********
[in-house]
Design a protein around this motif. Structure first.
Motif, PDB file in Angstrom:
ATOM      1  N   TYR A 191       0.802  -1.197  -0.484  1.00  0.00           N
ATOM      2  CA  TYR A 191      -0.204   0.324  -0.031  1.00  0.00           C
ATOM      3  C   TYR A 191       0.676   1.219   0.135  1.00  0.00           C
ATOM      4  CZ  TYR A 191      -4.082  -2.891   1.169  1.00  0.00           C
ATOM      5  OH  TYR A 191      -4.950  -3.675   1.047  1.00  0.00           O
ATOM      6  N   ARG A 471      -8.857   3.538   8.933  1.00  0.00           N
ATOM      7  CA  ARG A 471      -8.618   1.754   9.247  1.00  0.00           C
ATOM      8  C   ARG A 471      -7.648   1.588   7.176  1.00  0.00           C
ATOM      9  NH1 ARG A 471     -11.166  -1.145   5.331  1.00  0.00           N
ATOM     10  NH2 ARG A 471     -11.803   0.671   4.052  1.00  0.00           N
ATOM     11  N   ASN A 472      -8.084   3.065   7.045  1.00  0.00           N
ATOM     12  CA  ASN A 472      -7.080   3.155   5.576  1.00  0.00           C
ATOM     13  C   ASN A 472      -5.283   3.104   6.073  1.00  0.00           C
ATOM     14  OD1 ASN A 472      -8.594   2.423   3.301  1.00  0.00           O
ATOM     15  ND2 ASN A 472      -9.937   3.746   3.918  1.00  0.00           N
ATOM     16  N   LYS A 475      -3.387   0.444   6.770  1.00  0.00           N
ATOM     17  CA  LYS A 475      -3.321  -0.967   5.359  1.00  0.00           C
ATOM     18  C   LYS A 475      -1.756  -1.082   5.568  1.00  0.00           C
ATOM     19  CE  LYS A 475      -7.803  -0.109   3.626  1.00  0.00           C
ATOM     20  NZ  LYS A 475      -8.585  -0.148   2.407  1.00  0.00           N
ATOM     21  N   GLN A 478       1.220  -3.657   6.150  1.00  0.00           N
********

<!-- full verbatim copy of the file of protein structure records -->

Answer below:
[in-house]
Design a protein around this motif. Structure first.
Motif, PDB file in Angstrom:
ATOM      1  N   TYR A 191       0.802  -1.197  -0.484  1.00  0.00           N
ATOM      2  CA  TYR A 191      -0.204   0.324  -0.031  1.00  0.00           C
ATOM      3  C   TYR A 191       0.676   1.219   0.135  1.00  0.00           C
ATOM      4  CZ  TYR A 191      -4.082  -2.891   1.169  1.00  0.00           C
ATOM      5  OH  TYR A 191      -4.950  -3.675   1.047  1.00  0.00           O
ATOM      6  N   ARG A 471      -8.857   3.538   8.933  1.00  0.00           N
ATOM      7  CA  ARG A 471      -8.618   1.754   9.247  1.00  0.00           C
ATOM      8  C   ARG A 471      -7.648   1.588   7.176  1.00  0.00           C
ATOM      9  NH1 ARG A 471     -11.166  -1.145   5.331  1.00  0.00           N
ATOM     10  NH2 ARG A 471     -11.803   0.671   4.052  1.00  0.00           N
ATOM     11  N   ASN A 472      -8.084   3.065   7.045  1.00  0.00           N
ATOM     12  CA  ASN A 472      -7.080   3.155   5.576  1.00  0.00           C
ATOM     13  C   ASN A 472      -5.283   3.104   6.073  1.00  0.00           C
ATOM     14  OD1 ASN A 472      -8.594   2.423   3.301  1.00  0.00           O
ATOM     15  ND2 ASN A 472      -9.937   3.746   3.918  1.00  0.00           N
ATOM     16  N   LYS A 475      -3.387   0.444   6.770  1.00  0.00           N
ATOM     17  CA  LYS A 475      -3.321  -0.967   5.359  1.00  0.00           C
ATOM     18  C   LYS A 475      -1.756  -1.082   5.568  1.00  0.00           C
ATOM     19  CE  LYS A 475      -7.803  -0.109   3.626  1.00  0.00           C
ATOM     20  NZ  LYS A 475      -8.585  -0.148   2.407  1.00  0.00           N
ATOM     21  N   GLN A 478       1.220  -3.657   6.150  1.00  0.00           N